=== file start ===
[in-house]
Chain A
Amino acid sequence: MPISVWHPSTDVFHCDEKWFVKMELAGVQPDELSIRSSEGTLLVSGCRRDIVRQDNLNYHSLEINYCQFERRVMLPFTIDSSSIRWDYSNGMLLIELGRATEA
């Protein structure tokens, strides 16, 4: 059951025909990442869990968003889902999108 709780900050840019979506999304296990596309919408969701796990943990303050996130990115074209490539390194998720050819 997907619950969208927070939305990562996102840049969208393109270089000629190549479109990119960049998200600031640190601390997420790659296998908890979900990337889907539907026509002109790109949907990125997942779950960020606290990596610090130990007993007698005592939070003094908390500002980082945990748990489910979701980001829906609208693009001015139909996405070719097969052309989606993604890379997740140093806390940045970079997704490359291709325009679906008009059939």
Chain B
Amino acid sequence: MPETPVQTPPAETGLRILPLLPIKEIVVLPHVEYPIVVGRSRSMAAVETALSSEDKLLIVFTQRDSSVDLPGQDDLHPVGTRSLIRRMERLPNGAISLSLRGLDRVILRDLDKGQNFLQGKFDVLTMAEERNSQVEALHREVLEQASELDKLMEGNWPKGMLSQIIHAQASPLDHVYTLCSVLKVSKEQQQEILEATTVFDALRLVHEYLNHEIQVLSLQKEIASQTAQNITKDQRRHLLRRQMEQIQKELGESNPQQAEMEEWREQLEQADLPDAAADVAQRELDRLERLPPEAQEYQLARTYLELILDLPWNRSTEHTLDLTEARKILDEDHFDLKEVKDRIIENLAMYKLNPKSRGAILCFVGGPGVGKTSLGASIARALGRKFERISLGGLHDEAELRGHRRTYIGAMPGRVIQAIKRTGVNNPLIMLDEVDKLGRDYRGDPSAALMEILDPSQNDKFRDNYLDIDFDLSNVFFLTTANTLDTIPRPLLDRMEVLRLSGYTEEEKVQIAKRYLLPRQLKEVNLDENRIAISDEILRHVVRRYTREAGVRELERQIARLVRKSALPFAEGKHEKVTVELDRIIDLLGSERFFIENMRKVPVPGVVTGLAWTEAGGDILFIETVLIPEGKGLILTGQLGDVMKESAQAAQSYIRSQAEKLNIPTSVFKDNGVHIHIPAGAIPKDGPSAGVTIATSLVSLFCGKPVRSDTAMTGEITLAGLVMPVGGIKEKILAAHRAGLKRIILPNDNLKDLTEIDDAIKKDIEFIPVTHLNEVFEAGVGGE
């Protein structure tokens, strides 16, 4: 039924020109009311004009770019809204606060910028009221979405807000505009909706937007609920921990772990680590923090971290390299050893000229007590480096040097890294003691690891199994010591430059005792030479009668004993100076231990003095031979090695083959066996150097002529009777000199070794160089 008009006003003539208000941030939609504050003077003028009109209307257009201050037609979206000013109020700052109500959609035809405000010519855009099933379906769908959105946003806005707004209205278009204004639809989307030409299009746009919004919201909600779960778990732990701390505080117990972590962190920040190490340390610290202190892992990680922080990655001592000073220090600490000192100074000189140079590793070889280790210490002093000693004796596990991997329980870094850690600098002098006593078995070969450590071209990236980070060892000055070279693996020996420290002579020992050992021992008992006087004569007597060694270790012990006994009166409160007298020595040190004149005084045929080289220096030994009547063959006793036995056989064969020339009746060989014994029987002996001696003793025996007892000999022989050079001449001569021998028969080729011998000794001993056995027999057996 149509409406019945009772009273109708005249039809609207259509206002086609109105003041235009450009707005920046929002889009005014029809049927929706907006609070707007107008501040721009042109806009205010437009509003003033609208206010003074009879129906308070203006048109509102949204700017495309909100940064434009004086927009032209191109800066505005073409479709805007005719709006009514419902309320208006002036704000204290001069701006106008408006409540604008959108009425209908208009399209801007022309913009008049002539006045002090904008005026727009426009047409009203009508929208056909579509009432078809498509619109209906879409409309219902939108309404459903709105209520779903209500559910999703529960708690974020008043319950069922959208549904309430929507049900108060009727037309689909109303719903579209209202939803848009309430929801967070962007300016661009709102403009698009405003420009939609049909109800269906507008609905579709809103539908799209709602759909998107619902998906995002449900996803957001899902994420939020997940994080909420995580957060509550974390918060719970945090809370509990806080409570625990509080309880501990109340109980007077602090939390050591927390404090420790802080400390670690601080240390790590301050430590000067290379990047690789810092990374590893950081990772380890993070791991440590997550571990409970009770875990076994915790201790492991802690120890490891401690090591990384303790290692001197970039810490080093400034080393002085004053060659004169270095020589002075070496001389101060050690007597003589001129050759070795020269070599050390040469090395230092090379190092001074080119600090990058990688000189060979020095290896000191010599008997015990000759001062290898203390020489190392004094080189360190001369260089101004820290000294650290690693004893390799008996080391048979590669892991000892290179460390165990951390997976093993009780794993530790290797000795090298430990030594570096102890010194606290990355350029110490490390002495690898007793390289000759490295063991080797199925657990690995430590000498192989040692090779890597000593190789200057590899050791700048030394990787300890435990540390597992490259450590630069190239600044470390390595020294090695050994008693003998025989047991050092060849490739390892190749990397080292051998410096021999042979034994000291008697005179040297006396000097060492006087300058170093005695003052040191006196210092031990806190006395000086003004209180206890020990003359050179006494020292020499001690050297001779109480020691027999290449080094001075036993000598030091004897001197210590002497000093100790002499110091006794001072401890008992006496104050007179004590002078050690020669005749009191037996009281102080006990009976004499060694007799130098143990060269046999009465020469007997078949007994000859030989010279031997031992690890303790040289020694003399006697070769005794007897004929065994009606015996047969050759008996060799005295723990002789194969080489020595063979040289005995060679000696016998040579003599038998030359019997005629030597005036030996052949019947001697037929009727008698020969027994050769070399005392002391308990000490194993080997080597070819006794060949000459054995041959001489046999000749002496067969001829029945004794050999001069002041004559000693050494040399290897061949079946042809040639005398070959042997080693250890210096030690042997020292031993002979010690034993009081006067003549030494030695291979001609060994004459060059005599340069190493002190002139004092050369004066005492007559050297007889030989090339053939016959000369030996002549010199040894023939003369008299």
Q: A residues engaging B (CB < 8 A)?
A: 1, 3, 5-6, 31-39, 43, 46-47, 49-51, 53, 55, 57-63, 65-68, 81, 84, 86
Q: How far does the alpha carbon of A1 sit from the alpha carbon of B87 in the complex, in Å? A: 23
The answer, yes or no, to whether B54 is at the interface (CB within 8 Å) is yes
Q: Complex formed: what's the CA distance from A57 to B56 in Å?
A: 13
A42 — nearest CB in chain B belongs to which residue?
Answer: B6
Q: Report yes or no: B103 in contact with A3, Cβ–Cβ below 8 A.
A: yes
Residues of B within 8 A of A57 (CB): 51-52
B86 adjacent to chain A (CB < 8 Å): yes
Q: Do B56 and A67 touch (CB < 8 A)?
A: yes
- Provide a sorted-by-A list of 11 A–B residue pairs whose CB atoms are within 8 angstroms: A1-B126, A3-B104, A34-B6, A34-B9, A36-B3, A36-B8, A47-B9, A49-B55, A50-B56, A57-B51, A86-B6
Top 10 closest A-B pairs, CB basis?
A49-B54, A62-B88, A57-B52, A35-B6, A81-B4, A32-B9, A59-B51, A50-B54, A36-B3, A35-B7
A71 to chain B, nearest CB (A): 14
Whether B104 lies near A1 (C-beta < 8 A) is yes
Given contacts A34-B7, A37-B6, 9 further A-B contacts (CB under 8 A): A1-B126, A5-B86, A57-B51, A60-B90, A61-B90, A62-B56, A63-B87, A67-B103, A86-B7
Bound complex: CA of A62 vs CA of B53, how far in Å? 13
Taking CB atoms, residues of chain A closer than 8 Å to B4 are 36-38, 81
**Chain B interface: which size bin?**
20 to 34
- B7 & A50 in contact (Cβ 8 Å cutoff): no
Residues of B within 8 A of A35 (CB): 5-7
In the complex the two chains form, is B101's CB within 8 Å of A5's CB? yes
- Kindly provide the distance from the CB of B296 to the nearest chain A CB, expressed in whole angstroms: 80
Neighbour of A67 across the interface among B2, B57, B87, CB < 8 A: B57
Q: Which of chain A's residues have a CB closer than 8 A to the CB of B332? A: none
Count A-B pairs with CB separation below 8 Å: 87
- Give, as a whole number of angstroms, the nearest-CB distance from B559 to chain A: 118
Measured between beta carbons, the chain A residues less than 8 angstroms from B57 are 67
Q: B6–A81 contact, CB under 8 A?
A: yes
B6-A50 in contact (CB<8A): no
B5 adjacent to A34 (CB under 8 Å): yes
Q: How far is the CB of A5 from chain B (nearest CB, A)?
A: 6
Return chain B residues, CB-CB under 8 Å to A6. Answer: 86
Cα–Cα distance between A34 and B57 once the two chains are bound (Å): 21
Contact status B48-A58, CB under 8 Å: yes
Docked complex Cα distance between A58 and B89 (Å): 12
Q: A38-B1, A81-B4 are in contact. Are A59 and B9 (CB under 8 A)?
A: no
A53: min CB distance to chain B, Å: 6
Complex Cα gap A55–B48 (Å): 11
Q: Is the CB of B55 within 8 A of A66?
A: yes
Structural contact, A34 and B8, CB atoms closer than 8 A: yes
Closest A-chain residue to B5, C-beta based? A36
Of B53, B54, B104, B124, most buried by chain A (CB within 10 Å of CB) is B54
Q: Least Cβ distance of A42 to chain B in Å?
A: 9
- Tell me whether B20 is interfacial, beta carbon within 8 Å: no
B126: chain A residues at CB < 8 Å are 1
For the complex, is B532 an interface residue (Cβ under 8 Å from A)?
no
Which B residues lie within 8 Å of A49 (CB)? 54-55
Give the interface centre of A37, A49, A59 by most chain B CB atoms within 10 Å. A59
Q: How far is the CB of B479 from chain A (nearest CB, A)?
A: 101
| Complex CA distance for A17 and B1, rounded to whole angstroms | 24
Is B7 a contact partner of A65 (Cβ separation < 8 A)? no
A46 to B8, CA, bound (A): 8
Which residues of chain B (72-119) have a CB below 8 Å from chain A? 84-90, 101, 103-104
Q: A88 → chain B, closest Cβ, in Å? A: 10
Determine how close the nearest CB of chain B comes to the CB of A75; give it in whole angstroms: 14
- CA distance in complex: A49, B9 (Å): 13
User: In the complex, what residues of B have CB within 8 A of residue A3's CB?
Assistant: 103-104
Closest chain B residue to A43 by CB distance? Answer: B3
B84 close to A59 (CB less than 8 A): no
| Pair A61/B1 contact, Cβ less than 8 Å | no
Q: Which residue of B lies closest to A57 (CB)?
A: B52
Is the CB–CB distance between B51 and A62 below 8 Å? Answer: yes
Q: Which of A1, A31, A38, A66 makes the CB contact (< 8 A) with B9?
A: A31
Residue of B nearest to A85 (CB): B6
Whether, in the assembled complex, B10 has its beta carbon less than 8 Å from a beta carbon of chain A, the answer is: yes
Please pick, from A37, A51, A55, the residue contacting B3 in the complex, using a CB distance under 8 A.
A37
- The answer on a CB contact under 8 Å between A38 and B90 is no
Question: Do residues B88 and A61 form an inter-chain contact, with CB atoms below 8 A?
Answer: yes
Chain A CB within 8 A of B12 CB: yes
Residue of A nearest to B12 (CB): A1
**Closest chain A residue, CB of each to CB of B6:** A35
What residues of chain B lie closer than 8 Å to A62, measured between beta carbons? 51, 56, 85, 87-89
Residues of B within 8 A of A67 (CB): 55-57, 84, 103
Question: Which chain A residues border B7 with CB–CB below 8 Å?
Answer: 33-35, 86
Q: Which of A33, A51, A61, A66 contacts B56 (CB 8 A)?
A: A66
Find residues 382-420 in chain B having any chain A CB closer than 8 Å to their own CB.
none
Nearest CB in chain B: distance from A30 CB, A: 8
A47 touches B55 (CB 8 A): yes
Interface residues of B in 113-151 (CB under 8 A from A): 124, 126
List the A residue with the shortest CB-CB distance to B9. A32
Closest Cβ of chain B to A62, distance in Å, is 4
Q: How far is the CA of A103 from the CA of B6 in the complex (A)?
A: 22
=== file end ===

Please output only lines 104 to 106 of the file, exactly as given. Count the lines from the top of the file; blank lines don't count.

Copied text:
none
Nearest CB in chain B: distance from A30 CB, A: 8
A47 touches B55 (CB 8 A): yes